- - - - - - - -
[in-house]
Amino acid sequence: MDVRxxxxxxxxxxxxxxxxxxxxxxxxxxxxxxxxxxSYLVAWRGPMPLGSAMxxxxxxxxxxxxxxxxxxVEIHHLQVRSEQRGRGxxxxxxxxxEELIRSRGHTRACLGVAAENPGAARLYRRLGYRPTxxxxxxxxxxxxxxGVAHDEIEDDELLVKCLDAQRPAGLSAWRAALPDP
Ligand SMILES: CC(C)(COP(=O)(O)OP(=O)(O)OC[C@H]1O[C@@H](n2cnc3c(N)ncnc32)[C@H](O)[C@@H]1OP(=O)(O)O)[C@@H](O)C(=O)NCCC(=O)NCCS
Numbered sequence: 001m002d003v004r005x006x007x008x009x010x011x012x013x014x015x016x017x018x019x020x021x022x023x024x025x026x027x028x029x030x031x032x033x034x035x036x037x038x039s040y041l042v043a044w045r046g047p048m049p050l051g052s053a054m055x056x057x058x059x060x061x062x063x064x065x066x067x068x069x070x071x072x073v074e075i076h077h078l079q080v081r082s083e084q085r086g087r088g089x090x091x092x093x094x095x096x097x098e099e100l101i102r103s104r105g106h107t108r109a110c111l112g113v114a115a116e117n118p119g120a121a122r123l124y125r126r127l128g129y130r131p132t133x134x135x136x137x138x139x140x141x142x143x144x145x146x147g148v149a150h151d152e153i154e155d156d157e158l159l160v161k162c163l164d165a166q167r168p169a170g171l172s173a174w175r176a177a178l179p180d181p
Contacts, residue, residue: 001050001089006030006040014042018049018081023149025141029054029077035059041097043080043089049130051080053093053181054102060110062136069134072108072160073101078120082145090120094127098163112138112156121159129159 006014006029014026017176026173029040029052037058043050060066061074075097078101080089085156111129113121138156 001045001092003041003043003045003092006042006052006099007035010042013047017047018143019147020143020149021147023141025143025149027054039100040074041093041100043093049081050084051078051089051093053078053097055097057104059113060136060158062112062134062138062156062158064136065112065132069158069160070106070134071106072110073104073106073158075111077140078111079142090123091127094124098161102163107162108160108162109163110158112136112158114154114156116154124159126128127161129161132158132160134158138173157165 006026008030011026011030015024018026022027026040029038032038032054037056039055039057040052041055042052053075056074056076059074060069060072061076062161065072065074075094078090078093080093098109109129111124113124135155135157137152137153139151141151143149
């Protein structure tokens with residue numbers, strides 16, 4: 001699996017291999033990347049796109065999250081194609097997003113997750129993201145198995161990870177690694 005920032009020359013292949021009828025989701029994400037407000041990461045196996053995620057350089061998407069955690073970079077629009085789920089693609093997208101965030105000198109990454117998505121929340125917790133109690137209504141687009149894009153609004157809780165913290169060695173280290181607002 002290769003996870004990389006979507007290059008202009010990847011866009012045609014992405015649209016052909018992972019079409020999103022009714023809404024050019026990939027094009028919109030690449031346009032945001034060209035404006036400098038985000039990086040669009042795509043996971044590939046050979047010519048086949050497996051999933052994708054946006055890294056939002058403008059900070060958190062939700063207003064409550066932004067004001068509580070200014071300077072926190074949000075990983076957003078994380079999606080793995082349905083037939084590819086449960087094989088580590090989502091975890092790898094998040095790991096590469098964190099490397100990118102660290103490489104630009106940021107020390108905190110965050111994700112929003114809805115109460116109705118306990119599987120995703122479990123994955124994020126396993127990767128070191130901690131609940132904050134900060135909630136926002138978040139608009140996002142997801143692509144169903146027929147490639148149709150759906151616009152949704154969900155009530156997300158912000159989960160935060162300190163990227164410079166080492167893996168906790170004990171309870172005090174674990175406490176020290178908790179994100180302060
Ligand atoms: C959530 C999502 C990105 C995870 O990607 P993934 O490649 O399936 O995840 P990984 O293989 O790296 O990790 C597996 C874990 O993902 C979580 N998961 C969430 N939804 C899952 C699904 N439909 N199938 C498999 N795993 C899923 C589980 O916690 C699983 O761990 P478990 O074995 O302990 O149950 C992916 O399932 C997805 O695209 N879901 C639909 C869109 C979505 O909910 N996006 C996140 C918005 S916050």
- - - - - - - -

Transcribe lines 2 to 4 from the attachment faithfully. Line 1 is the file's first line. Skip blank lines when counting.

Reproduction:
Amino acid sequence: MDVRxxxxxxxxxxxxxxxxxxxxxxxxxxxxxxxxxxSYLVAWRGPMPLGSAMxxxxxxxxxxxxxxxxxxVEIHHLQVRSEQRGRGxxxxxxxxxEELIRSRGHTRACLGVAAENPGAARLYRRLGYRPTxxxxxxxxxxxxxxGVAHDEIEDDELLVKCLDAQRPAGLSAWRAALPDP
Ligand SMILES: CC(C)(COP(=O)(O)OP(=O)(O)OC[C@H]1O[C@@H](n2cnc3c(N)ncnc32)[C@H](O)[C@@H]1OP(=O)(O)O)[C@@H](O)C(=O)NCCC(=O)NCCS
Numbered sequence: 001m002d003v004r005x006x007x008x009x010x011x012x013x014x015x016x017x018x019x020x021x022x023x024x025x026x027x028x029x030x031x032x033x034x035x036x037x038x039s040y041l042v043a044w045r046g047p048m049p050l051g052s053a054m055x056x057x058x059x060x061x062x063x064x065x066x067x068x069x070x071x072x073v074e075i076h077h078l079q080v081r082s083e084q085r086g087r088g089x090x091x092x093x094x095x096x097x098e099e100l101i102r103s104r105g106h107t108r109a110c111l112g113v114a115a116e117n118p119g120a121a122r123l124y125r126r127l128g129y130r131p132t133x134x135x136x137x138x139x140x141x142x143x144x145x146x147g148v149a150h151d152e153i154e155d156d157e158l159l160v161k162c163l164d165a166q167r168p169a170g171l172s173a174w175r176a177a178l179p180d181p